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Fiber Optic, Cable Companies Connect

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Kathleen G. Tatterson

DAYVILLE, Conn. -- In a move aimed at taking advantage of the expanding fiber optic cable market, SpecTran Corp. of Sturbridge, Mass., and General Cable Corp. of Highland Heights, Ky., have formed a joint-venture company to develop, manufacture and market fiber optic cable.
SpecTran has sold 50 percent of its Applied Photonic Devices subsidiary to General Cable for $6.3 million. The resulting business, renamed General Photonics, will combine SpecTran's optical fiber technology with General Cable's sales and marketing network, explained Raymond Jaeger, chairman of SpecTran.
Under the terms of the agreement, General Photonics will purchase optical fiber from SpecTran's fiber technologies subsidiary. Also, General Photonics will use General Cable's sales and distribution network channels to market its cable products.
The new company will continue to make the fiber optic cable products previously sold under the Applied Photonic Devices name for data communications network, video, voice and other specialty applications.

Larger projects possible
According to Jaeger, the deal will allow General Cable's customers to purchase SpecTran optical fiber technology, and SpecTran customers will benefit from accessing General Cable's sizable sales and customer service channels. Customers of the former Applied Photonic Devices company can now deal in terms of larger projects and systems, he said.
The agreement represents part of SpecTran's positioning to capitalize on the ever-expanding fiber optic cable markets, according to senior vice president and chief financial officer Bruce Cannon. "Strong market conditions are making everything possible," he said. (See "Fiber, Fiber, Who's Got the Fiber? Shortage Hits Builders, Producers," Photonics Spectra, December 1996, p. 52.)
In another step toward its marketing goals, the company recently signed several senior note agreements and restructured an existing $22 million debt, providing a total credit line of $44 million. In addition, the company filed a registration statement with the Securities and Exchange Commission for the public offering of 1.8 million shares of its common stock.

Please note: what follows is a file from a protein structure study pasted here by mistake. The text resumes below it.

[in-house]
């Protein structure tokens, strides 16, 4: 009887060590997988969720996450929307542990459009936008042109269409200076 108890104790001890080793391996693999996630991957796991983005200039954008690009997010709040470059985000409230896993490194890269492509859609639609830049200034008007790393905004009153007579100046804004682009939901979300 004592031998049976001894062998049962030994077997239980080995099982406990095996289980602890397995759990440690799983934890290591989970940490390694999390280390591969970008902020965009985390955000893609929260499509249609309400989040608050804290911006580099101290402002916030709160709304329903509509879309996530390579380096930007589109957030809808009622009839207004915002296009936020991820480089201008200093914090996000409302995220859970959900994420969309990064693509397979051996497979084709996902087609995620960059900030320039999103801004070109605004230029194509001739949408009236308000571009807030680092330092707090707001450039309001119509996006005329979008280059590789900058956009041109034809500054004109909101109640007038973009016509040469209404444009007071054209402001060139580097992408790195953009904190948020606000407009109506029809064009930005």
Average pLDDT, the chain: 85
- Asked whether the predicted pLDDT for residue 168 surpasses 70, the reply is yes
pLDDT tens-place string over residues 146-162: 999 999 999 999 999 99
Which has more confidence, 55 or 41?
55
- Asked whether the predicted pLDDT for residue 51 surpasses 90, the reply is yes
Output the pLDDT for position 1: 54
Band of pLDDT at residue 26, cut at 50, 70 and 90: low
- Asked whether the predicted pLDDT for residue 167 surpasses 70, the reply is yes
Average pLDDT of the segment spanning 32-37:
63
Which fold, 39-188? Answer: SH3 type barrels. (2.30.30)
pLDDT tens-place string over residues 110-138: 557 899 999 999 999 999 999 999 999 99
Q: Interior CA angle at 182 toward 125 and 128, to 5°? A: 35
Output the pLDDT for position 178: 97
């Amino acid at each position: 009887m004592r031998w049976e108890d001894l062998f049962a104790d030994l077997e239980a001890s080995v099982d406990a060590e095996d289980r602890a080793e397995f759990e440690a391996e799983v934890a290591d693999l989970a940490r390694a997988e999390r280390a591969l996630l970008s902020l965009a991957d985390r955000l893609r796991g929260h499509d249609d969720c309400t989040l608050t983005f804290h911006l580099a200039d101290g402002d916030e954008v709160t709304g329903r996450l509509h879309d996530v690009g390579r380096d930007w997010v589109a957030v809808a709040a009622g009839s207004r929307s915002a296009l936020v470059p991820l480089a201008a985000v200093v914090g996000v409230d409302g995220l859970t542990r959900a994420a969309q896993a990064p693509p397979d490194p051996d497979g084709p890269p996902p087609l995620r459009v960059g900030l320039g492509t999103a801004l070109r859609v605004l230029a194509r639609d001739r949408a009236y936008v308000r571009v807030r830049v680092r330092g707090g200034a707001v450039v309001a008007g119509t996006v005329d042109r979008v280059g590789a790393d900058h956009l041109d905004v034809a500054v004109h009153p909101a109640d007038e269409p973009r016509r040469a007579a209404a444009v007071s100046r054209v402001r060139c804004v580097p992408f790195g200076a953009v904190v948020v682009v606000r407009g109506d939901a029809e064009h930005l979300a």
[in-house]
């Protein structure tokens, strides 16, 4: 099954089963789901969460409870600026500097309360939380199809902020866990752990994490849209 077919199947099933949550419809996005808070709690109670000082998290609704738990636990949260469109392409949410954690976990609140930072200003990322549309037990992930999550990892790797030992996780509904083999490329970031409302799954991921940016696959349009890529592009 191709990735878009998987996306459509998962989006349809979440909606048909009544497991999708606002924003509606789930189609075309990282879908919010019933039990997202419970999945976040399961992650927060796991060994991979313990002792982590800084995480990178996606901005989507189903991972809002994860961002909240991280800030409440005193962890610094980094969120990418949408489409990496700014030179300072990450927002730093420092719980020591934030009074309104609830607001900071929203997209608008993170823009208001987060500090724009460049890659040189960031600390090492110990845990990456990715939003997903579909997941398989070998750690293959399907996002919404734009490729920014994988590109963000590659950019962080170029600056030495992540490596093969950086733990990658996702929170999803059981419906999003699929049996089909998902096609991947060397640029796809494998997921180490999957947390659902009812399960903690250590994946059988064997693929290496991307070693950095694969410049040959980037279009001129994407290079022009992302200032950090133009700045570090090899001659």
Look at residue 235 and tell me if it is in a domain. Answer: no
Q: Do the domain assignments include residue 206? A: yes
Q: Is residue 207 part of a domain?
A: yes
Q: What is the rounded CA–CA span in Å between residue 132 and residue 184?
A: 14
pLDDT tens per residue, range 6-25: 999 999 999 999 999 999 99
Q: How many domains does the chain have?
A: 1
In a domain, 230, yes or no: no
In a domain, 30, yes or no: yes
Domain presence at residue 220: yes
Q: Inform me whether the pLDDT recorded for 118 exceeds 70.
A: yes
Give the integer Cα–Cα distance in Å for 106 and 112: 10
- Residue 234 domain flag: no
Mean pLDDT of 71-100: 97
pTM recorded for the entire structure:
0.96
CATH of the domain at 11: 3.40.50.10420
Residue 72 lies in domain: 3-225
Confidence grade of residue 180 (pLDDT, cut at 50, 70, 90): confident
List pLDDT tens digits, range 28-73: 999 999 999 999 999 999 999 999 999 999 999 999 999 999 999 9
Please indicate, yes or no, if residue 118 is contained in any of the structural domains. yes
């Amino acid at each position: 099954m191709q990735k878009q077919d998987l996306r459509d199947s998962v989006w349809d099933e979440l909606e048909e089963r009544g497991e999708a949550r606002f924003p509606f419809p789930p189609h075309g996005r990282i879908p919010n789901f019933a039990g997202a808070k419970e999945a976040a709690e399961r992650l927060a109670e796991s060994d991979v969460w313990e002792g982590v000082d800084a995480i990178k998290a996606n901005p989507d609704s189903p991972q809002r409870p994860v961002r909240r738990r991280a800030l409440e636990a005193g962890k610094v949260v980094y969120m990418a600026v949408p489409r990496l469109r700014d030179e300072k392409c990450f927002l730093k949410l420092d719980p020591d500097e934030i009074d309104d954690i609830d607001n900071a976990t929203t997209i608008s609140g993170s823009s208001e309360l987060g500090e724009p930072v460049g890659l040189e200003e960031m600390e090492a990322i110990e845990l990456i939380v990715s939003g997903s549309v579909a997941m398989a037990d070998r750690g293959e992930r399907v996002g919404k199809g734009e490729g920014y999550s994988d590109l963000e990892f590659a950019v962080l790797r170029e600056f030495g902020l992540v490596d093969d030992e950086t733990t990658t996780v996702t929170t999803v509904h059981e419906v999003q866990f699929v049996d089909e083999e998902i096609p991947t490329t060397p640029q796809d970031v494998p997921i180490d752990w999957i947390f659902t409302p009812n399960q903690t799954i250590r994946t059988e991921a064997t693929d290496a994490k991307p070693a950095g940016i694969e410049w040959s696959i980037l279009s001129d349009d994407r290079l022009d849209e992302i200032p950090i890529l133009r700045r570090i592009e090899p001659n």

"We will use these new resources for capacity expansion," Cannon added.
SpecTran reported earnings of $45 million in the third quarter of 1996, with estimated annualized revenue of $60 million. The company acquired Applied Photonic Devices in 1985.

The end of a trend
The joint venture represents the latest in a series of consolidations between fiber makers and cable makers, according to Jack Kessler, president of KMI Corp., the Newport, R.I., fiber optics market research firm. The trend started when Corning Incorporated's optoelectronics group joined forces with Siecor Corp., followed by AT&T with its own cable and fiber operations.
"This is probably the last fiber maker in the US to have a joint venture with cable operations," he said. "It will provide new opportunities for new markets, and both companies should benefit significantly without creating competition among General Photonics customers."

Photonics Spectra
Feb 1997
BusinessCommunicationsfiber opticslight speed

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